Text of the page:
Data is the essence of all businesses across the world. Protecting it from theft, exploitation, and misuse is now top priority for the organization. Client data that has been hacked can wipe out crores in revenues, and stolen intellectual property can impact competitive advantage. This can lead to needless privacy abuses that bring scrutiny and penalties from regulators, causing damage to the organization’s reputation.
Managing data is no longer confined to the multifaceted ecosystem of privacy-conscious consumers, digital staff and suppliers; data today is fuelled by mobility and the cloud. Perimeter-based security is no longer applicable. Data-centric security, where security is positioned closer to the data itself, is now the new reality.
The future of data security
Technologists are now thinking beyond fingerprints, faces or devices to help the cause of data security and confidentiality. A sustainable solution for data privacy might be a mixture of passwords and electronic devices to protect accounts. Some security-sensitive corporations have armed themselves with solutions that produce frequently changing passwords to control access to networks. Security budgets have doubled in sectors beyond banking and defence. This has resulted in the amount of scrutiny becoming enormous with much higher expectations, not just from business and technology heads, but from customers as well.
There has been a rising interest in mobile payments, together with a significant increase in mobile commerce. As device manufacturers and application developers increase usability and functionality and respond to users’ security apprehensions, devices are increasingly becoming an indispensable tool for customers.
One major challenge that companies face today is the dearth of security professionals. A few years ago, it was only the banks and big retailers who hired security specialists. Today, companies across industry verticals need them. There are also practical challenges in choosing the precise data protection software.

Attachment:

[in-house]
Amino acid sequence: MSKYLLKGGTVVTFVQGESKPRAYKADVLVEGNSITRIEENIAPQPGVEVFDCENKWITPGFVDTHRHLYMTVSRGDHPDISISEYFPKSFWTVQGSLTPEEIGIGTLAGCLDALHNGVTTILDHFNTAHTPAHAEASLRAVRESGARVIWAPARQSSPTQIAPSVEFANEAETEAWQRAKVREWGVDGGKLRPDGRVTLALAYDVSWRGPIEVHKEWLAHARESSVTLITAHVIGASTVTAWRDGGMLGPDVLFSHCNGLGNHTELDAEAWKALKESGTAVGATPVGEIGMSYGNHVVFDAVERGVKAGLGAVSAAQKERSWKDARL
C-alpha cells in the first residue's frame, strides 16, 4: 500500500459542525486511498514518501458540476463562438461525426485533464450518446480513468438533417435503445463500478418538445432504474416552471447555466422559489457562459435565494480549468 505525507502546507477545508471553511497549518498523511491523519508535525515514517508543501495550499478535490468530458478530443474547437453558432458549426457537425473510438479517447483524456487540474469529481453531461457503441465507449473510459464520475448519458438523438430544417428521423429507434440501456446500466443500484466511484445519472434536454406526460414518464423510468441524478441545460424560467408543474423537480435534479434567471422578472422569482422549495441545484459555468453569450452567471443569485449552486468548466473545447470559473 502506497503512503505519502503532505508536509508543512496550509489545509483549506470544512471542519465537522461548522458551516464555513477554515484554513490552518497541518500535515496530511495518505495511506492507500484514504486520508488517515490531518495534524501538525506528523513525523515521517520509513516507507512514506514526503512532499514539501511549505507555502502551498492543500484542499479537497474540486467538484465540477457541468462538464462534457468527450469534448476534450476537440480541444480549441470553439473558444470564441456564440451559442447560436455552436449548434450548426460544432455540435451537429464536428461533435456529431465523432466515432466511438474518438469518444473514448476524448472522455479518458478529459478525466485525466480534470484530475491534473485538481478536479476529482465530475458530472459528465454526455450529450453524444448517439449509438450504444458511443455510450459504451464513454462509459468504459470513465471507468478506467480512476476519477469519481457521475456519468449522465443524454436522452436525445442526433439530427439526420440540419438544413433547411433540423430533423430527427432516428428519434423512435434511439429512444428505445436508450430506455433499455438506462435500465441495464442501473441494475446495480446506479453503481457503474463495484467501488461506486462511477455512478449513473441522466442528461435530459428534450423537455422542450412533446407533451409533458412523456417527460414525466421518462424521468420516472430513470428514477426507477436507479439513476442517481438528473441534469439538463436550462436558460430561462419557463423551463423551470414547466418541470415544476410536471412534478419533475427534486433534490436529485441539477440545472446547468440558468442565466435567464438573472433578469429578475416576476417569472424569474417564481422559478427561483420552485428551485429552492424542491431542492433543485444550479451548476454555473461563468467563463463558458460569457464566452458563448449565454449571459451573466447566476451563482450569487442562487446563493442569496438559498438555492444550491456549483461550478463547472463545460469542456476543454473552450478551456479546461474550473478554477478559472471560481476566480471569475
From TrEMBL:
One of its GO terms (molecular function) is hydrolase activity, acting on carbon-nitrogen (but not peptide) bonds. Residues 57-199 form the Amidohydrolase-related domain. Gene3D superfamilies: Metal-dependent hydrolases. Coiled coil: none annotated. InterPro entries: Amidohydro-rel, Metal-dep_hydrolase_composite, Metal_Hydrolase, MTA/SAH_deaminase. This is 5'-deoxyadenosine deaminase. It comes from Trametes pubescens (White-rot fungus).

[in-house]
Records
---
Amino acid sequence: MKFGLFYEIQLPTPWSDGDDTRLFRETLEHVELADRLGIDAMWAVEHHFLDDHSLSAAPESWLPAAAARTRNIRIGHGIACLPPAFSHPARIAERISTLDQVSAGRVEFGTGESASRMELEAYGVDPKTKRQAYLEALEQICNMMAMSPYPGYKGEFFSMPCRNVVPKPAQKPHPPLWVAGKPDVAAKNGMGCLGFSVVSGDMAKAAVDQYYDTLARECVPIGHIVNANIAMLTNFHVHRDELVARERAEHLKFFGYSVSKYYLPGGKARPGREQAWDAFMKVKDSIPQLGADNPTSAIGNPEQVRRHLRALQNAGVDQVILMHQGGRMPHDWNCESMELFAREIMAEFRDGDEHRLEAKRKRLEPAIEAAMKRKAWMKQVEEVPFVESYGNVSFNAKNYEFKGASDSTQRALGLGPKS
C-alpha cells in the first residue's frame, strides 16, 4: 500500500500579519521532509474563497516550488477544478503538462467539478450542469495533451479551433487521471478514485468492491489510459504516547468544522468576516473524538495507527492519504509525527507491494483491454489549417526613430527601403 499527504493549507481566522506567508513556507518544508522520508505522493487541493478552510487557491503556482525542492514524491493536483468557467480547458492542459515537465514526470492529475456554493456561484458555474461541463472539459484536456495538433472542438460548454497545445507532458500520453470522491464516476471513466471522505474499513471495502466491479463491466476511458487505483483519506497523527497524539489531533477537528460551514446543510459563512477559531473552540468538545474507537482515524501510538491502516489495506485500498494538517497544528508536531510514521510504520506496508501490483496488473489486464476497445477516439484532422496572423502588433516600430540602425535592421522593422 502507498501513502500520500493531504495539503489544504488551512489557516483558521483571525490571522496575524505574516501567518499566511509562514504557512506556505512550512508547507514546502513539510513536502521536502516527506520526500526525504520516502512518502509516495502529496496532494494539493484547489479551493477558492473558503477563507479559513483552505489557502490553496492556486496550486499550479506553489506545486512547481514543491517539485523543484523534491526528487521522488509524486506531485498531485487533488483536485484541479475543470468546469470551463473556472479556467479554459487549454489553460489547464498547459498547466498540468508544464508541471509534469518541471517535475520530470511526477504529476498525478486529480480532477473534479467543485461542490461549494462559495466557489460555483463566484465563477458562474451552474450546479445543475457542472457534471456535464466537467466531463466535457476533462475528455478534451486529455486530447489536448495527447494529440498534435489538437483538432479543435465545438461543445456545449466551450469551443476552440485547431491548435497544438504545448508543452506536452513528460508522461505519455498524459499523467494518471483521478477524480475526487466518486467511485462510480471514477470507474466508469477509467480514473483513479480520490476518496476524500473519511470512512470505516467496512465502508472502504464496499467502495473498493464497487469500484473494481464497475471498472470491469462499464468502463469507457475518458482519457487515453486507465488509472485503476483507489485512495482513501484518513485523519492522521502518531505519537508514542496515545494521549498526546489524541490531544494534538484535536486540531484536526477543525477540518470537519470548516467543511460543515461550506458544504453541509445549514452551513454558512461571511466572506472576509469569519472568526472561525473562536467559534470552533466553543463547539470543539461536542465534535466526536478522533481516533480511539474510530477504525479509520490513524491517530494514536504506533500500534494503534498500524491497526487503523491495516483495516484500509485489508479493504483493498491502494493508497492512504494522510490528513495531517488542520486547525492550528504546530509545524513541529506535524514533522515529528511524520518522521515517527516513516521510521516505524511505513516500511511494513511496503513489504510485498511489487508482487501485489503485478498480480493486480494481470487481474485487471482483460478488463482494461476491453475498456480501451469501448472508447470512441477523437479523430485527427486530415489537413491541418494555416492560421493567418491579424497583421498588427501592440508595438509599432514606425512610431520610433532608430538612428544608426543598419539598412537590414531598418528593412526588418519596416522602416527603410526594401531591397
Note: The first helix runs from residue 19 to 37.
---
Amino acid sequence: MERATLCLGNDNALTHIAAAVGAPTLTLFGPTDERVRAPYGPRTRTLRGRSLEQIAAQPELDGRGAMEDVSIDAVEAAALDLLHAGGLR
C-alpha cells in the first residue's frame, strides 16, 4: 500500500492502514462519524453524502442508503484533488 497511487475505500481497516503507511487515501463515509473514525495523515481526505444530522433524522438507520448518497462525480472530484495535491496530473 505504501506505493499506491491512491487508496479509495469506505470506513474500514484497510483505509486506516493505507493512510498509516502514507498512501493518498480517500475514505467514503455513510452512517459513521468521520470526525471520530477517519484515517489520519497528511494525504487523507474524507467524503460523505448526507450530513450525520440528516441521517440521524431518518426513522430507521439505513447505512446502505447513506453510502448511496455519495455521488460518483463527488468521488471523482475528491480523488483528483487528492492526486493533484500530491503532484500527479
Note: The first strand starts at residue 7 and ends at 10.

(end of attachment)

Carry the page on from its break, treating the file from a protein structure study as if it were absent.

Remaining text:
The rise of the Chief Security Officer
The corporate boardroom has awakened to the importance of confidence and security. Companies are willing to do what it takes to protect their customer data from being hacked and pilfered. Data security is soon becoming one of the functions within a company that has no budget constraints. CEOs are setting a premium on engaging capable Chief Security Officers (CSOs) to take charge and protect business and customer data.
Businesses look for leaders to take charge as CSOs who are technically proficient, with an instinctive understanding of an organization’s systems, how hackers operate and how to shield themselves against such occurrences. No matter how invested a company may be in cyber security, it can never be totally immune to cyber threats. This is where the CSO steps in – to understand, identify, contain, and remediate the attacks that befall.
Along with technical skill, CSOs also help organizations carve out the security budget, influencing other departments within the company, earning the trust of employees and top management alike. CSOs help strike a careful balance in building security as the core feature alongside the company’s primary business, recognizing security risks and strategising on how they can be managed.
In the current threat environment, business leaders are seeking out CSOs of the future to lead the way.The CSO will be a crisis manager, adept at handling data breaches that makes news, resolving the issue while projecting a sense of calm. Going forward, CSOs will soon be the highest-paid executives in the C-suite.